Was it a normal weekend at the Grand Prix of Long Beach, or a dry run for Toronto and Houston? Yes. For a while it seemed like the drivers would be able to control themselves. Sure, we saw Rahal, Power, Dixon and Aleshin all unceremoniously dump their competitors, but the damage was minimal and could be attributed to simple street track racing. The utter mess and destruction that Mike Conway had to drive through on lap 56 en route to his third career win was something totally different.
There aren’t five reactions this week, but I think was follows needs to be said and made first priority for the series. I don’t make that statement very often because I don’t have any idea how to run a professional open-wheel series, but I do know when I feel like things are starting to get just too sketchy.
So we know Ryan Hunter-Reay has taken mostly full responsibility for driving without a brain. Not that it makes his ridiculous action OK; even to the point where the other drivers involved wanted to hear no such excuse. Plain and simple, that was old school IRL IR07 driving. I’ve stated before that I don’t think RHR lives up to the hype, and his championship was more of a fluke than an implication of skill, but my real worry lies with the secondary contact from drivers screaming into an accident site.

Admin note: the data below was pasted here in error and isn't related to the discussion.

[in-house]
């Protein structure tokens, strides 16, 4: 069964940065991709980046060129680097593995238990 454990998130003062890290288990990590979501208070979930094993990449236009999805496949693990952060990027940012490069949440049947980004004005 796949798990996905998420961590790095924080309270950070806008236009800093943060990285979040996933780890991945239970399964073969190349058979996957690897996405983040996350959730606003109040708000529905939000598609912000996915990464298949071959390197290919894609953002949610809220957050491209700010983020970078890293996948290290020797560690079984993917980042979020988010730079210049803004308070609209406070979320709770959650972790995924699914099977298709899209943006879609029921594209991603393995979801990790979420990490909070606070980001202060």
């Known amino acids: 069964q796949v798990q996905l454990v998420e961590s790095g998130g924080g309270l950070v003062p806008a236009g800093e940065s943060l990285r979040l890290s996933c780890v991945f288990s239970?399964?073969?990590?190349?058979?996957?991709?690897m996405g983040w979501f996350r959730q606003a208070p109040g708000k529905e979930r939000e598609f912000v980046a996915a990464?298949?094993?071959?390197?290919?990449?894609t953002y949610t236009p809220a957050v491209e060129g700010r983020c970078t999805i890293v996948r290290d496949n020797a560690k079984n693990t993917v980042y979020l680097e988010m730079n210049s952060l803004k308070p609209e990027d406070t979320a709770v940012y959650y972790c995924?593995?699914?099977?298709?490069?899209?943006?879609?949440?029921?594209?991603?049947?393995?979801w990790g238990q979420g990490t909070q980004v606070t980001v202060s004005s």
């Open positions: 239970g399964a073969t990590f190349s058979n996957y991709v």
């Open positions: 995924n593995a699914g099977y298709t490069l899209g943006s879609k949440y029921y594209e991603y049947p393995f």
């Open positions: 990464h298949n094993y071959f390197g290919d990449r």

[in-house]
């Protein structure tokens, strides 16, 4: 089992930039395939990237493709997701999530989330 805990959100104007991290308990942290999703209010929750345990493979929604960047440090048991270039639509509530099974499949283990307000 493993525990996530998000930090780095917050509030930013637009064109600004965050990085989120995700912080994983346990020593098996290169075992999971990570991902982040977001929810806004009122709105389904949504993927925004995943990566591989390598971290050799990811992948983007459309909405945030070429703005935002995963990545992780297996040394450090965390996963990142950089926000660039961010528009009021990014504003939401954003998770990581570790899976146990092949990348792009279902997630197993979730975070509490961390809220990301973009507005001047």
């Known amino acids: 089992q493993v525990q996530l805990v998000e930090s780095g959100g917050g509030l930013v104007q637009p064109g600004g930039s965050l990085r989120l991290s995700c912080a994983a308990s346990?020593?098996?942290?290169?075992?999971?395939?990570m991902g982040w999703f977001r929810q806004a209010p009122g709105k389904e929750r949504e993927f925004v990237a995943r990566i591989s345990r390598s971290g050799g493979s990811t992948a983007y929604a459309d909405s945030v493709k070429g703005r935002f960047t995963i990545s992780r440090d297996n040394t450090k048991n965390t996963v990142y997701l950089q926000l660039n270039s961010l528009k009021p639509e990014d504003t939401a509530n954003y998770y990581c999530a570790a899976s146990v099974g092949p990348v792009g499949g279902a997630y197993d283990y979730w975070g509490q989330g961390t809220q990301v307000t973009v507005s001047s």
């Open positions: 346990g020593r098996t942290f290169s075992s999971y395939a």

Before we move into the real discussion, I have to ask: why did Ryan Hunter-Reay roll so far after his impact? I would like to assume that the braking system was ripped open and a massive loss of brake fluid ensued. Unfortunately, I don’t think that is the case as his car did not look like it rolled to a stop once Helio Castroneves hit him.
I feel like he was hoping to grab a gear and limp back to the pits before Helio Castroneves smashed into him. I’m torn on whether to string up RHR for not standing on the brakes after initial contact, but I don’t like the idea of adding extra chassis to the junk pile because someone hoped they could get back home for repairs.
That’s all fine and dandy, but there could be bigger issues at hand with the marshalling of the incident. Where were the flags before the corner, and how quickly did the corner workers react? I sensed that maybe the Turn 4 marshal station may not have been able to see the incident because it was so far into the exit of Turn 4. I also wonder what kind of training do the corner marshals receive before the action kicks off on Friday morning. Are the tracks and promoters doing enough to make sure the corner workers are qualified and properly trained for the high speed machines seen during an IndyCar weekend?
After the first impact, cars continued to pile into the three disabled drivers for 12 seconds. A single car adding to an accident that was following the drivers in question is not ideal, but understandable. 12 full seconds of additional impacts is totally unacceptable. In that 12 seconds, the waving yellow flag should have been passed through the various marshalling station all the way back into Turn 1, but on Sunday that was clearly not the case.